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How Moses is a foreshadowing of Christ to women

Someone recently pointed out an interesting passage to me. I think there are some good lessons to learn from it.

When Moses arrived in Midian, he sat down beside a well. Now the priest of Midian had seven daughters who came as usual to draw water and fill the water troughs for their father’s flocks. But some other shepherds came and chased them away. So Moses jumped up and rescued the girls from the shepherds. Then he drew water for their flocks. When the girls returned to Reuel, their father, he asked, “Why are you back so soon today?” “An Egyptian rescued us from the shepherds,” they answered. “And then he drew water for us and watered our flocks.” (Exodus 2:16-19 NLT)

Reuel, who we see from Exodus 18 was also called Jethro, later gave his daughter, Zipporah, to be Moses’ wife.

Here are several points:

  • Women as well as men were shepherds in Moses’ time.
  • Their father, Jethro, was the one who assigned them this task
  • These seven young women cared for their father’s flocks, bringing them regularly to get water
  • Other shepherds, not wild animals, made their task much more difficult by chasing them away from the well. (Was this because they were women?) One has the impression from Reuel’s comments when they arrive home that this was a daily occurrence. How sad!
  • Moses, who is a type and foreshadowing of Christ, rescued the women from the other shepherds and helped them with their flocks by drawing water for them
  • By Exodus 3, Moses is looking after those same flocks. It’s while he’s doing this that he sees the burning bush
What  can we learn from this?

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If the world were a village…

You think you have it tough? I recently came across these figures on a site that encourages people to pray for various countries in the world. (Visit the site--it’s well worth the time.) All of us are aware of some of the injustice around the world, but these figures brought it home to me…

Picture the world as a village of 100 people.

  • Six people (all U.S citizens) own 58% of the wealth
  • 74 people own 39% of the wealth
  • 20 people own the other 2% of the wealth. If you have a bank account (with any amount) you are among the richest 30 people
  • 18 people struggle to live on $1 USD per day
  • 53 people struggle to live on $2 USD per day
  • 20 people are undernourished
  • 15 are overweight
  • One dies of starvation
  • 20 people have no clean drinking water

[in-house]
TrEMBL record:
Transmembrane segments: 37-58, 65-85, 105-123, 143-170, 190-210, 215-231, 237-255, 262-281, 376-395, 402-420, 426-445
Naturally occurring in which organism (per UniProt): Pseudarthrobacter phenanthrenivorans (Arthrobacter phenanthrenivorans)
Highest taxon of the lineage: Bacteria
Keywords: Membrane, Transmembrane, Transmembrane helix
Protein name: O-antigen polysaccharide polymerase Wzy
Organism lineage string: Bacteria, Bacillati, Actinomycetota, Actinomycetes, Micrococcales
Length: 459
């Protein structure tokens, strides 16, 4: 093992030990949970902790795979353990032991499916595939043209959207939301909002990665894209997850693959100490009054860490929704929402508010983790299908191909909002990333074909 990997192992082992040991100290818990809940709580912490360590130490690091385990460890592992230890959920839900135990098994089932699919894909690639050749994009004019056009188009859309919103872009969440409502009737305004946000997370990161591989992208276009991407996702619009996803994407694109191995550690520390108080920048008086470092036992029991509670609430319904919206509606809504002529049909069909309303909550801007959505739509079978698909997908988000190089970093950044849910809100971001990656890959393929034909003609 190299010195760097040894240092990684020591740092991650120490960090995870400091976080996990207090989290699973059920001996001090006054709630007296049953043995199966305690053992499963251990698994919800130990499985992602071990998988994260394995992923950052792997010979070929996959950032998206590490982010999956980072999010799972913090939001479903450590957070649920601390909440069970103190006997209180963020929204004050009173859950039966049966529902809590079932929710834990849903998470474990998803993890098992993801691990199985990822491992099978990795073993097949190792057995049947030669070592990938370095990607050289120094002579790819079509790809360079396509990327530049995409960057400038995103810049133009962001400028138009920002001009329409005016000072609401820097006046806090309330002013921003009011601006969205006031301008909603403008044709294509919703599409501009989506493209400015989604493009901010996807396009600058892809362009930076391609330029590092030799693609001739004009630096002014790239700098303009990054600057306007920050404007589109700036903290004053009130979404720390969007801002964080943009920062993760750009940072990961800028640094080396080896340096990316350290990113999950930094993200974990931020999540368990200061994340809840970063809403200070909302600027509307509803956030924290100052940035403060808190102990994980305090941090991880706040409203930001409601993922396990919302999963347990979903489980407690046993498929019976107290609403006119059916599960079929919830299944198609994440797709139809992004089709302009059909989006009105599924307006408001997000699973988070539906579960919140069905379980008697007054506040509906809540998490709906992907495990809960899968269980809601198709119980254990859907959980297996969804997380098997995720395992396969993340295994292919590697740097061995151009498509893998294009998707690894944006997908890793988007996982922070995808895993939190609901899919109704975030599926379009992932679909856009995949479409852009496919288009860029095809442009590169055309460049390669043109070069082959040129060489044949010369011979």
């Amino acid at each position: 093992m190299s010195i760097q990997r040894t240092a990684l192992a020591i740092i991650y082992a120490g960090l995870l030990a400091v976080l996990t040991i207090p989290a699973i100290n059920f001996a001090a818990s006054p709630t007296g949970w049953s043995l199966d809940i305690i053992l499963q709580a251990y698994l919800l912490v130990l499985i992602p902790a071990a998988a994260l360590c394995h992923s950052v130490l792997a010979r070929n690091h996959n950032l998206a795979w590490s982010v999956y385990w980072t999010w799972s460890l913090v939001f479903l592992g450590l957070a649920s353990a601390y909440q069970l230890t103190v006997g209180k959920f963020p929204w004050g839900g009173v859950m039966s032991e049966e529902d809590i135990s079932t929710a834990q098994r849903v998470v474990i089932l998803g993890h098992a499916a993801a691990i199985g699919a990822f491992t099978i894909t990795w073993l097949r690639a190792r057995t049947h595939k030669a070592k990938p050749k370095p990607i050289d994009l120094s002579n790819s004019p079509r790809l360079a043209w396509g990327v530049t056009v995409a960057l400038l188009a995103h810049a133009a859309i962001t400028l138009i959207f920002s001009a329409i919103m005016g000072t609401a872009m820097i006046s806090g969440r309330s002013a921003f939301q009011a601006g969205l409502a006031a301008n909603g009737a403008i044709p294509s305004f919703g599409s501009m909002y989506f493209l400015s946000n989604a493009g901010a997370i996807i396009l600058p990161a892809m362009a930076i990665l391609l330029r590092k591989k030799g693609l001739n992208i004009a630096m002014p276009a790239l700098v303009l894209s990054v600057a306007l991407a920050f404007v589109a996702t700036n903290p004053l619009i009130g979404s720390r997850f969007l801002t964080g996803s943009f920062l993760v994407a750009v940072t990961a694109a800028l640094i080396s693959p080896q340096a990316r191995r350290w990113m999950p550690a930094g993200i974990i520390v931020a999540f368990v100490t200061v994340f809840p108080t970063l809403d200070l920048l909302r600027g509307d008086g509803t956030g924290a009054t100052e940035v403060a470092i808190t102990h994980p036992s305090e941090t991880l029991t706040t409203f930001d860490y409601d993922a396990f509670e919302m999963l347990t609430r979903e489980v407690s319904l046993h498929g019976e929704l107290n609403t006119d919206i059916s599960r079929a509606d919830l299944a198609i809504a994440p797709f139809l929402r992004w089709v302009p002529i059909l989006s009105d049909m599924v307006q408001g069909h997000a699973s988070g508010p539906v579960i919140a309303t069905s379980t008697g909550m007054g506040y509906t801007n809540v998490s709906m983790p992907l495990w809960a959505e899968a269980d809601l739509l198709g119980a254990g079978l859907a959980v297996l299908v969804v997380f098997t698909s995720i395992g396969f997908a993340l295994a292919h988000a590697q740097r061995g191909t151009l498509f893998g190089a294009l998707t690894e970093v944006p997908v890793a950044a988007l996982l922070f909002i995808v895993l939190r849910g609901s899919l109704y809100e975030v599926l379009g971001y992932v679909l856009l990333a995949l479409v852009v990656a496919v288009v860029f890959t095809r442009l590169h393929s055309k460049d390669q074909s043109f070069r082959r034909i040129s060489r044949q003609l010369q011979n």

• 56 people have no access to sanitation
  • 80 live in substandard housing
  • One person has AIDS
  • One has a university degree
  • Seven people have computers
  • 67 are illiterate
  • 48 people cannot speak freely of their religious faith

Of the 6.5 billion people in the world, 2 billion have never heard the Gospel.

In the light of this, how should we then live?

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When God is silent

When Tony and I moved here to the States in 1987, probably the toughest part of our lives so far at a spiritual level kicked in. Why? God became silent. He stopped talking to us.

Back in the UK, nearly everything had gone well. It was relatively easy to know what God was saying. In fact, when he spoke to us about moving to Texas, his leading was so clear that we sold our house and moved here, knowing no one. We felt a bit like Abraham, but were confident he would continue to lead us clearly.

And then silence.

Nothing. Nada

No clear direction.

It wasn’t so much the little things. It was that clear sense of direction, knowing we were following him, in the center of his will, that was missing.

To start with, we confessed every sin, real or imaginary, that we could think of. After all, we reasoned, sin separates us from God.

Still nothing.

We tried everything. We had faith, we prayed against the enemy.

Then I got angry with God. How could he bring us here and then drop us? Needless to say that didn’t work either.

Finally, I came to the place where I realized my total dependence on him. If God chose to leave me on the shelf and never to use me again, that was his prerogative. He is the potter, I’m mere clay in his hands.

A number of things died at that point–any desire for limelight, any sense of entitlement, any hankering to be anything beyond ordinary.

It was then, after nine years of God’s kind of seminary on the backside of the desert, his training in the school of wilderness experience, that, God, in his mercy, started speaking again.

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Covering and control

Only too often, I come across this kind of sad story of spiritual control:

“I committed some “offense”  (usually not a sin but something that went against the church’s “rules”), and the pastor /church excommunicated me. No one else in the church is allowed to talk to me. My old friends avoid me in the grocery store. The ones it hurts most are my kids, who just don’t understand….”

As far as I’m concerned this is control and abuse. It’s an application of the “heresy” of covering.

Control takes other forms too. Like baptism.  Only someone who is ordained can baptize. Show me that in the Bible! Or communion. It takes a special sacred person to give communion.

Often it’s applied specifically to women. Women can’t baptize. Where’s that in the Great Commission?

Give me a break!

 

 

 

Feet and forks, knees and mouth

As a former physician, I still maintain an interest in health. I recently read an article (I think it was probably by or about Dr. David Katz who is an authority on preventive medicine), stating we can reduce our lifetime risk of all chronic diseases by 80 percent with our feet, forks and fingers. That is, if we will exercise, eat right and not smoke.